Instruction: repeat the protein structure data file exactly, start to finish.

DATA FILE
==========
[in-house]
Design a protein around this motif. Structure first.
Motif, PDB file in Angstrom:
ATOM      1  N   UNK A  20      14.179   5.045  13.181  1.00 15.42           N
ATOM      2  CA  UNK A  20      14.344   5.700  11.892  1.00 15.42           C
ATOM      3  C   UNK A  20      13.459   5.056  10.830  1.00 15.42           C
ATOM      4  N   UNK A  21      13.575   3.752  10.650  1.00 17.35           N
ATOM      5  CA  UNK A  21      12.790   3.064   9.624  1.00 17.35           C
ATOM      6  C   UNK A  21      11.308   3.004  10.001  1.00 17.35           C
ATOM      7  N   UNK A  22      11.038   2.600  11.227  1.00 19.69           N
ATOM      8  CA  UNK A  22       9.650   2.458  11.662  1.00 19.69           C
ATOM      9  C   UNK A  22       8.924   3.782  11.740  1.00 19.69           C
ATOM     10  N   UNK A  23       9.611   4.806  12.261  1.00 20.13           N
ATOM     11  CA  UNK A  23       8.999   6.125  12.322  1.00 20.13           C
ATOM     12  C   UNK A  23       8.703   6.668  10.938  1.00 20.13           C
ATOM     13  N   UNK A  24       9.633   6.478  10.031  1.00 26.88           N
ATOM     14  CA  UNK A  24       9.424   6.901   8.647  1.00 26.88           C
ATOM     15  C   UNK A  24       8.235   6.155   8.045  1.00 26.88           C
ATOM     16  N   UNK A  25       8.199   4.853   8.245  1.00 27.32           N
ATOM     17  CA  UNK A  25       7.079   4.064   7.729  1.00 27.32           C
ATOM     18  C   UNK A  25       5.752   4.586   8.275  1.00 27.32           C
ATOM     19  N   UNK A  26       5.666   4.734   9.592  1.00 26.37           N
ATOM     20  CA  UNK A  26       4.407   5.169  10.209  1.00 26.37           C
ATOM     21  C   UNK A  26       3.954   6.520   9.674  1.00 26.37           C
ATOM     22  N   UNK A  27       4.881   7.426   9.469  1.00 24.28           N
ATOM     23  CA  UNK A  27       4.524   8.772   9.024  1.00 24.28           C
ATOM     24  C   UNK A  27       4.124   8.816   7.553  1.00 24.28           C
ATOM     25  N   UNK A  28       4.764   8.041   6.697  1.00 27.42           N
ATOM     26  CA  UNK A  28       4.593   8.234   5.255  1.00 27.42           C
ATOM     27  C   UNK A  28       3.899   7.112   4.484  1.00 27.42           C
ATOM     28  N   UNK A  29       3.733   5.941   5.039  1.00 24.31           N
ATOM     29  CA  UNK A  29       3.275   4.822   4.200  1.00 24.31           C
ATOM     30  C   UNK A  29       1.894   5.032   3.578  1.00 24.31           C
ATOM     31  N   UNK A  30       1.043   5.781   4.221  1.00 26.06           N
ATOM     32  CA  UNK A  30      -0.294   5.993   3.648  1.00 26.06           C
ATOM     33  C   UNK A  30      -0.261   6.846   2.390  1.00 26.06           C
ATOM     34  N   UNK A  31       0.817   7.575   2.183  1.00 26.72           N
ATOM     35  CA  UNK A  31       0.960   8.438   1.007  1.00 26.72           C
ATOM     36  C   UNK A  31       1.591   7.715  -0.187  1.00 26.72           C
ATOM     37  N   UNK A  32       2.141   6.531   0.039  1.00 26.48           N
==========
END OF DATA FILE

[in-house]
Design a protein around this motif. Structure first.
Motif, PDB file in Angstrom:
ATOM      1  N   UNK A  20      14.179   5.045  13.181  1.00 15.42           N
ATOM      2  CA  UNK A  20      14.344   5.700  11.892  1.00 15.42           C
ATOM      3  C   UNK A  20      13.459   5.056  10.830  1.00 15.42           C
ATOM      4  N   UNK A  21      13.575   3.752  10.650  1.00 17.35           N
ATOM      5  CA  UNK A  21      12.790   3.064   9.624  1.00 17.35           C
ATOM      6  C   UNK A  21      11.308   3.004  10.001  1.00 17.35           C
ATOM      7  N   UNK A  22      11.038   2.600  11.227  1.00 19.69           N
ATOM      8  CA  UNK A  22       9.650   2.458  11.662  1.00 19.69           C
ATOM      9  C   UNK A  22       8.924   3.782  11.740  1.00 19.69           C
ATOM     10  N   UNK A  23       9.611   4.806  12.261  1.00 20.13           N
ATOM     11  CA  UNK A  23       8.999   6.125  12.322  1.00 20.13           C
ATOM     12  C   UNK A  23       8.703   6.668  10.938  1.00 20.13           C
ATOM     13  N   UNK A  24       9.633   6.478  10.031  1.00 26.88           N
ATOM     14  CA  UNK A  24       9.424   6.901   8.647  1.00 26.88           C
ATOM     15  C   UNK A  24       8.235   6.155   8.045  1.00 26.88           C
ATOM     16  N   UNK A  25       8.199   4.853   8.245  1.00 27.32           N
ATOM     17  CA  UNK A  25       7.079   4.064   7.729  1.00 27.32           C
ATOM     18  C   UNK A  25       5.752   4.586   8.275  1.00 27.32           C
ATOM     19  N   UNK A  26       5.666   4.734   9.592  1.00 26.37           N
ATOM     20  CA  UNK A  26       4.407   5.169  10.209  1.00 26.37           C
ATOM     21  C   UNK A  26       3.954   6.520   9.674  1.00 26.37           C
ATOM     22  N   UNK A  27       4.881   7.426   9.469  1.00 24.28           N
ATOM     23  CA  UNK A  27       4.524   8.772   9.024  1.00 24.28           C
ATOM     24  C   UNK A  27       4.124   8.816   7.553  1.00 24.28           C
ATOM     25  N   UNK A  28       4.764   8.041   6.697  1.00 27.42           N
ATOM     26  CA  UNK A  28       4.593   8.234   5.255  1.00 27.42           C
ATOM     27  C   UNK A  28       3.899   7.112   4.484  1.00 27.42           C
ATOM     28  N   UNK A  29       3.733   5.941   5.039  1.00 24.31           N
ATOM     29  CA  UNK A  29       3.275   4.822   4.200  1.00 24.31           C
ATOM     30  C   UNK A  29       1.894   5.032   3.578  1.00 24.31           C
ATOM     31  N   UNK A  30       1.043   5.781   4.221  1.00 26.06           N
ATOM     32  CA  UNK A  30      -0.294   5.993   3.648  1.00 26.06           C
ATOM     33  C   UNK A  30      -0.261   6.846   2.390  1.00 26.06           C
ATOM     34  N   UNK A  31       0.817   7.575   2.183  1.00 26.72           N
ATOM     35  CA  UNK A  31       0.960   8.438   1.007  1.00 26.72           C
ATOM     36  C   UNK A  31       1.591   7.715  -0.187  1.00 26.72           C
ATOM     37  N   UNK A  32       2.141   6.531   0.039  1.00 26.48           N